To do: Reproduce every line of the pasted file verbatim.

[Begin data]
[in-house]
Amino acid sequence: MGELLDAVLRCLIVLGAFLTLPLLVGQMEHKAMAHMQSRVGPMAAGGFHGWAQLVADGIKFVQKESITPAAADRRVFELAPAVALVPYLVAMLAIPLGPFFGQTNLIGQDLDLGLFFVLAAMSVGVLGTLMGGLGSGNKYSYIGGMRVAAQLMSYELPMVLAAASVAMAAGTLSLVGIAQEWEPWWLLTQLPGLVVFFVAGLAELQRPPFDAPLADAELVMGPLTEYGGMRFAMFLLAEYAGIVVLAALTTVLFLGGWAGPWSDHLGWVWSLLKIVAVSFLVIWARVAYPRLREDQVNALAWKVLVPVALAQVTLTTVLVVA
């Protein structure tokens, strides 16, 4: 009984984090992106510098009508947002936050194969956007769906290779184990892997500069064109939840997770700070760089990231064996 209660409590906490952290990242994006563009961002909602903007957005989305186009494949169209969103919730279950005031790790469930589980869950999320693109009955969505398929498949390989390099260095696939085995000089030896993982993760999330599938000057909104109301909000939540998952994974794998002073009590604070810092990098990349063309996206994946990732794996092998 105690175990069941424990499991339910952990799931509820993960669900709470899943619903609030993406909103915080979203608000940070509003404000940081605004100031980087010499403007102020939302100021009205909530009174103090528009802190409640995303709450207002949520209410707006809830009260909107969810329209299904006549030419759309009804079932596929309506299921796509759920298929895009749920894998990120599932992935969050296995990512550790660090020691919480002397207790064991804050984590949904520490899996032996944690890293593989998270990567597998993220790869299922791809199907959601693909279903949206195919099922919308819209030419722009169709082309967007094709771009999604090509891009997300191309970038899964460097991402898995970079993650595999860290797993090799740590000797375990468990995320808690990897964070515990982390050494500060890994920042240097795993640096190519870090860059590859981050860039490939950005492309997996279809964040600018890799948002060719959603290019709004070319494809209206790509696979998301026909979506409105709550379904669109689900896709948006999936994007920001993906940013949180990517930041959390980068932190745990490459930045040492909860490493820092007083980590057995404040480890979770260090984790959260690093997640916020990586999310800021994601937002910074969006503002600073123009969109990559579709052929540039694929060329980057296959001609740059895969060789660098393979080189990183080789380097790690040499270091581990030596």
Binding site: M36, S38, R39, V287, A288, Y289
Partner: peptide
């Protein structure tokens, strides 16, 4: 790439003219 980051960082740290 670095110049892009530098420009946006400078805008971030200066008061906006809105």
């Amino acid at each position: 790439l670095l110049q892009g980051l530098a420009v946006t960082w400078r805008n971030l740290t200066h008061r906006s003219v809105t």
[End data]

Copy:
[in-house]
Amino acid sequence: MGELLDAVLRCLIVLGAFLTLPLLVGQMEHKAMAHMQSRVGPMAAGGFHGWAQLVADGIKFVQKESITPAAADRRVFELAPAVALVPYLVAMLAIPLGPFFGQTNLIGQDLDLGLFFVLAAMSVGVLGTLMGGLGSGNKYSYIGGMRVAAQLMSYELPMVLAAASVAMAAGTLSLVGIAQEWEPWWLLTQLPGLVVFFVAGLAELQRPPFDAPLADAELVMGPLTEYGGMRFAMFLLAEYAGIVVLAALTTVLFLGGWAGPWSDHLGWVWSLLKIVAVSFLVIWARVAYPRLREDQVNALAWKVLVPVALAQVTLTTVLVVA
């Protein structure tokens, strides 16, 4: 009984984090992106510098009508947002936050194969956007769906290779184990892997500069064109939840997770700070760089990231064996 209660409590906490952290990242994006563009961002909602903007957005989305186009494949169209969103919730279950005031790790469930589980869950999320693109009955969505398929498949390989390099260095696939085995000089030896993982993760999330599938000057909104109301909000939540998952994974794998002073009590604070810092990098990349063309996206994946990732794996092998 105690175990069941424990499991339910952990799931509820993960669900709470899943619903609030993406909103915080979203608000940070509003404000940081605004100031980087010499403007102020939302100021009205909530009174103090528009802190409640995303709450207002949520209410707006809830009260909107969810329209299904006549030419759309009804079932596929309506299921796509759920298929895009749920894998990120599932992935969050296995990512550790660090020691919480002397207790064991804050984590949904520490899996032996944690890293593989998270990567597998993220790869299922791809199907959601693909279903949206195919099922919308819209030419722009169709082309967007094709771009999604090509891009997300191309970038899964460097991402898995970079993650595999860290797993090799740590000797375990468990995320808690990897964070515990982390050494500060890994920042240097795993640096190519870090860059590859981050860039490939950005492309997996279809964040600018890799948002060719959603290019709004070319494809209206790509696979998301026909979506409105709550379904669109689900896709948006999936994007920001993906940013949180990517930041959390980068932190745990490459930045040492909860490493820092007083980590057995404040480890979770260090984790959260690093997640916020990586999310800021994601937002910074969006503002600073123009969109990559579709052929540039694929060329980057296959001609740059895969060789660098393979080189990183080789380097790690040499270091581990030596």
Binding site: M36, S38, R39, V287, A288, Y289
Partner: peptide
């Protein structure tokens, strides 16, 4: 790439003219 980051960082740290 670095110049892009530098420009946006400078805008971030200066008061906006809105």
């Amino acid at each position: 790439l670095l110049q892009g980051l530098a420009v946006t960082w400078r805008n971030l740290t200066h008061r906006s003219v809105t």